Envision sitting in the shade of a tree to rest and hearing a good story.  How many stories has that tree overheard over the span of its life?  How many people have stopped right there to rest with their children, friends, parents or grandparents?  At various times maybe this tree has stood as a silent witness to stories in different languages.  Or maybe this place to stop and rest has seen many trees over the years come and go, just like the people.

I can imagine St. Joseph sitting under this tree, pausing in his work to sit with Jesus in the shade.  Jesus, like many children, most likely loved to hear a good tale.  Joseph, being a great storyteller, would perhaps retell the story of Adam and Eve in the Garden or how Moses was saved by Pharoah’s daughter.  These stories were told to him by his father Jacob, Jacob learned these from his father Matthan, who was taught by his father Eleazar.  These fathers, and their wives, taught the children living in their community about their faith as we read today in the richness of Psalms 78:5-6, He commanded our ancestors, they were to teach their children; that the next generation might come to know, children yet to be born.

Why was it so important to pass these stories on?  One might argue that it was a great way to pass the time. More than likely, as most people could not read or write, these oral stories were what they knew.  These stories were more than just fairy tales or fantasy, these were stories of real people – our ancestors.  Relating stories about relatives and ourselves are worth telling and passing on.  In the Book of Psalms, we are asked to teach these stories as part of our shared history.  This is our family faith story.

Don’t “our” children deserve to know their shared faith history?  This begins with the Old Testament and proceeds through the teachings of Jesus found in the Gospels of the New Testament.  The Catechism of the Catholic Church teaches that parents should begin to teach their children early about our faith, by modeling and bearing witness of a Christian life in keeping with the Gospel.  How does this happen, some might ask, if parents aren’t visibly present at the weekly Mass?  We are all called to be disciples of our faith, all united as God’s children.  The choices we make and the behaviors we exhibit are also witnessed by those around us.

Imagine a school bus full of children on their way to school who witness an altercation between two people. The windows on the bus are down, the words being expressed between the two adults are rated MA (for Mature Audiences), and their expressions are explosive.  Some children may be indifferent or oblivious in their reaction as this is their “normal” or what they experience daily at home.  Other children might slink into their bus seat in fear of what physical blows might occur, as they witness both verbal and physical abuse daily.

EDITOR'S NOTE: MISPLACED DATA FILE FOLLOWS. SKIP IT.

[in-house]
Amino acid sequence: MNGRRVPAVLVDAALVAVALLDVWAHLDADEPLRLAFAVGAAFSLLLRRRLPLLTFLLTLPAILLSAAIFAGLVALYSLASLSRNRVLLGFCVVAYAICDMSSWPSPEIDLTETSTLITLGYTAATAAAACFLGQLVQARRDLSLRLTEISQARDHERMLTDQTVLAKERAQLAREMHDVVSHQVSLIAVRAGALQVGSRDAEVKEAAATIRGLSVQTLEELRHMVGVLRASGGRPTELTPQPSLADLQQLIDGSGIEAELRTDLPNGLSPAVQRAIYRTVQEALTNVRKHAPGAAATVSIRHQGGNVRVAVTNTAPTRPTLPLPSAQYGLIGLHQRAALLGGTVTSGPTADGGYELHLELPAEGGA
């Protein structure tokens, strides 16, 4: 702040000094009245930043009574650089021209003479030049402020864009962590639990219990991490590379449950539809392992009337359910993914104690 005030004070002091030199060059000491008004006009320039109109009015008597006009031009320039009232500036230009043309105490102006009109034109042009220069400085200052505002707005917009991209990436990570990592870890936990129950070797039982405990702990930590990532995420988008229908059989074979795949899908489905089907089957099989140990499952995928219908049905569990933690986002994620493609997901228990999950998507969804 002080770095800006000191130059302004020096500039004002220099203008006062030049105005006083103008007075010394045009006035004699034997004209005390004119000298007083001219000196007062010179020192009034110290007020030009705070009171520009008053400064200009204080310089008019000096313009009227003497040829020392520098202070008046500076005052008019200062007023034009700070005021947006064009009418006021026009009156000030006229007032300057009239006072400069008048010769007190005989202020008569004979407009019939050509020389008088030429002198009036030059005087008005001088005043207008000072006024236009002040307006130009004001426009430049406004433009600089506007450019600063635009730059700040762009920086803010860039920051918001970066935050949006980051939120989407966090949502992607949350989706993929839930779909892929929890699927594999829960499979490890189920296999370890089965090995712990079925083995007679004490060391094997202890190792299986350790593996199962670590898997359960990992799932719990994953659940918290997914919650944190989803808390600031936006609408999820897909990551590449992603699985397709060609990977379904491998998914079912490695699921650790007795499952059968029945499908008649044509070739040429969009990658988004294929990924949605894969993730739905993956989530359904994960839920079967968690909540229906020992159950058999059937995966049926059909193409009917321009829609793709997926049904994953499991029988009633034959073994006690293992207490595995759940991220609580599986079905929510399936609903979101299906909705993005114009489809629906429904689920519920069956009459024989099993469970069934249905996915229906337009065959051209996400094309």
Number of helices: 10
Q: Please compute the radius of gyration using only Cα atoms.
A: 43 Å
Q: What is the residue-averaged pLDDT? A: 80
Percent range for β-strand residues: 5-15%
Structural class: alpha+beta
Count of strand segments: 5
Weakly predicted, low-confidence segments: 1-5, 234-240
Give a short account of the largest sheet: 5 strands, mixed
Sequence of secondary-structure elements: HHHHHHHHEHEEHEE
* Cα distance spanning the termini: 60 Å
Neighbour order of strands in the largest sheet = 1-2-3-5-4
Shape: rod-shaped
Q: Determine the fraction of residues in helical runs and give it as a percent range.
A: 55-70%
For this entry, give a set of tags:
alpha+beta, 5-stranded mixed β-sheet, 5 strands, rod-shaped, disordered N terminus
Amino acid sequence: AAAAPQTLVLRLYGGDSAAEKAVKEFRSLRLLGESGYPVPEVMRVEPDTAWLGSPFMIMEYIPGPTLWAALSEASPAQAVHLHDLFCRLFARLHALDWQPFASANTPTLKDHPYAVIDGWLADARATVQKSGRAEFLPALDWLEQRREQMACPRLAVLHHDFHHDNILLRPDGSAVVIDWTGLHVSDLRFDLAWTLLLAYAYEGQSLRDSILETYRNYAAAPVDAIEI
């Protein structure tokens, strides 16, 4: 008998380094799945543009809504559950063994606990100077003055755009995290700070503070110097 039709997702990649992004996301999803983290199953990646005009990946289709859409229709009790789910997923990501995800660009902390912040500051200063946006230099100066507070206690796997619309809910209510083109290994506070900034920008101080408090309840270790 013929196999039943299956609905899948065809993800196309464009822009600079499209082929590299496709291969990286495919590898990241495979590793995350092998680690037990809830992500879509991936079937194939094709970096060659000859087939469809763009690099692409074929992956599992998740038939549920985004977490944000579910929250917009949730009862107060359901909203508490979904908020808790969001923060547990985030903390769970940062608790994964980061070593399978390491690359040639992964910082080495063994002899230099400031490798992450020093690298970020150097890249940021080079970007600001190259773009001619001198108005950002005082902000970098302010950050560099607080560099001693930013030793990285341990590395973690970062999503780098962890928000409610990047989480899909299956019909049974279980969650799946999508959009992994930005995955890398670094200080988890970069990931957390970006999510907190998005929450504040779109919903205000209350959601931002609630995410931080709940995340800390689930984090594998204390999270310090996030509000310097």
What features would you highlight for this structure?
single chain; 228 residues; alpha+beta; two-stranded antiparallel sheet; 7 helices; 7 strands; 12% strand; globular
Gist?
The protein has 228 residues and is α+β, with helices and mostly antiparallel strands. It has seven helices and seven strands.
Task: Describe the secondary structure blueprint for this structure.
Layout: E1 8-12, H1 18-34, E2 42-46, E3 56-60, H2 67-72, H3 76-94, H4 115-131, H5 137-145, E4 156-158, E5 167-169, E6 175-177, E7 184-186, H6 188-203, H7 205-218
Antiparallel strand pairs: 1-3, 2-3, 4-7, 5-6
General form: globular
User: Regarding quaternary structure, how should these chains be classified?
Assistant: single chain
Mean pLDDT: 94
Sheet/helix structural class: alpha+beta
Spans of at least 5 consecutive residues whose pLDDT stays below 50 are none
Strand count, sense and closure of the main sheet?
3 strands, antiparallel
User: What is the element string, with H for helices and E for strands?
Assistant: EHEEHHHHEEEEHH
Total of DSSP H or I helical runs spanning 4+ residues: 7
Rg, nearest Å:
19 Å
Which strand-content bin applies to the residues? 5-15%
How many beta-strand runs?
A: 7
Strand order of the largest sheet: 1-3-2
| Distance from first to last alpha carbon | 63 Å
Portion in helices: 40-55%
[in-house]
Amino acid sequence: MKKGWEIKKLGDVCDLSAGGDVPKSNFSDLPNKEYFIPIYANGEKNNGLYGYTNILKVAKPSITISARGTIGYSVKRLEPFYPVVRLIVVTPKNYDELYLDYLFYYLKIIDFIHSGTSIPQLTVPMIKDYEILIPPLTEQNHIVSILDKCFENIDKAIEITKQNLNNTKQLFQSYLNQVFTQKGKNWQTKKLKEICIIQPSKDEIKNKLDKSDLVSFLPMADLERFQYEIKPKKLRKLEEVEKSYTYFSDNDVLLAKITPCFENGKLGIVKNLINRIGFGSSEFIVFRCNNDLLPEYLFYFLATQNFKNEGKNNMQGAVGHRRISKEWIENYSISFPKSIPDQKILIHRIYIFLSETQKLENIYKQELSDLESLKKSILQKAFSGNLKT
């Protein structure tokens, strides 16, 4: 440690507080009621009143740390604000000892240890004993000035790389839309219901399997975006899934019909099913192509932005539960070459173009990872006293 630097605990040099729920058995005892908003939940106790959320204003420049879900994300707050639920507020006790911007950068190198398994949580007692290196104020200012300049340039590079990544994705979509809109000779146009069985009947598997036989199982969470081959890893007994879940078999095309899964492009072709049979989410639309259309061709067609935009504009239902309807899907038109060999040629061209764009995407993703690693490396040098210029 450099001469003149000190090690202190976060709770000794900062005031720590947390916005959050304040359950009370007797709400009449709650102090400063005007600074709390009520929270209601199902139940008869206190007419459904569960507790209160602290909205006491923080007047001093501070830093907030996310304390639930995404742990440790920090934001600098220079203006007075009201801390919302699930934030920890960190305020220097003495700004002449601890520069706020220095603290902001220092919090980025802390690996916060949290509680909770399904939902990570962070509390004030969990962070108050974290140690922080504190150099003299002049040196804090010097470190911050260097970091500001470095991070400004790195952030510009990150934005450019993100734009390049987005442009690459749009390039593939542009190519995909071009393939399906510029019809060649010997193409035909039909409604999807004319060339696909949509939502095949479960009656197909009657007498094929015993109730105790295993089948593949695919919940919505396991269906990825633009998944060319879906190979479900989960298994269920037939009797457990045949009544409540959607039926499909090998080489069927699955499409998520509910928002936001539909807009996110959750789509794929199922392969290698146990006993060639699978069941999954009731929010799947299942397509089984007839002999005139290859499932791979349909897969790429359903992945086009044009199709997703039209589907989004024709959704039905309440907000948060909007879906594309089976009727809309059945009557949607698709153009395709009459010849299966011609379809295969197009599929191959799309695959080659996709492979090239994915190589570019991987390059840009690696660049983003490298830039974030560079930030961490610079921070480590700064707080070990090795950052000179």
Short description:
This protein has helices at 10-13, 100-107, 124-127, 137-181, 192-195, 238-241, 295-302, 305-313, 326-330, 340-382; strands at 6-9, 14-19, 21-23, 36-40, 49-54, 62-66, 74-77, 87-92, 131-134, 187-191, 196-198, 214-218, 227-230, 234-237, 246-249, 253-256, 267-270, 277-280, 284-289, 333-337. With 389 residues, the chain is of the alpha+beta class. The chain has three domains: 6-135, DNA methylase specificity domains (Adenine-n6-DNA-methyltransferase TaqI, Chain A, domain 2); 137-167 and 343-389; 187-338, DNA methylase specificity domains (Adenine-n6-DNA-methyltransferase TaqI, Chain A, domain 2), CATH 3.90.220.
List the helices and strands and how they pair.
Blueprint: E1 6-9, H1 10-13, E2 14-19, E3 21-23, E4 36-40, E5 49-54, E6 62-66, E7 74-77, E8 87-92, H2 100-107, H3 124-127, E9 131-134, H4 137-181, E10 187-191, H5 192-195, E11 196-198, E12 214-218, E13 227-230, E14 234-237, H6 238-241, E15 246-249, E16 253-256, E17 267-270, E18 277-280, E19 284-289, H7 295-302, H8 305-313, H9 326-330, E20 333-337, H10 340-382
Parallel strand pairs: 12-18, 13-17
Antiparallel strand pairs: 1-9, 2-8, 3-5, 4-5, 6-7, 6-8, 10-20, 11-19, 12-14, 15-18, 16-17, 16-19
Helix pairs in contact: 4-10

The bus moves further down road and one of the children observes an elderly woman walking down the sidewalk.  A man walks out of a nearby house, holding a bag, moving briskly in her direction.  The child, after witnessing the traumatic altercation minutes before, fears that the man might harm the elderly woman.  Instead, the child sees the two smiling warmly at each other and the man walks with the woman, handing her the bag.  The child sits up in his seat, forgetting all about the previous situation, and thinks about visiting his own elderly neighbor after school; the neighbor who always asks him about his day and is interested to talk about just about anything.

We are not always aware of the innocent who are watching or observing us.  During those times when we are aware, do we act or respond differently? God calls each of us to holiness, to walk vibrantly in His love.  We are given the gift of choice.  We can choose and practice living our faith rather than subjecting ourselves to the vices or spiritual battles that can be landmines to navigate.

We can choose to emulate the people we read about in the Gospel: Job, Ruth, the woman at the well and Jesus himself.  Our actions either contribute positively or negatively to the growth of “our” children, both present and future.

Our “children in turn contribute to the growth of holiness of their parents … generous and tireless in forgiving one another for offenses, quarrels, injustices, and neglect;” (Catechism of the Catholic Church  2227) teaching us to be like children “for the Kingdom of heaven belongs to such as these” (Mt 19:14).   We are all God’s children, loved as we are, forgiven for our errors in judgement and called to be in communion with one another.

Be bold, walk in God’s love, share your faith journey and listen to the faith journey of others.  Rest in the shade of the tree.

—Terri McCormack is marriage and family life coordinator for the Diocese of Burlington.

—Originally published in the Fall 2021 issue of Vermont Catholic magazine.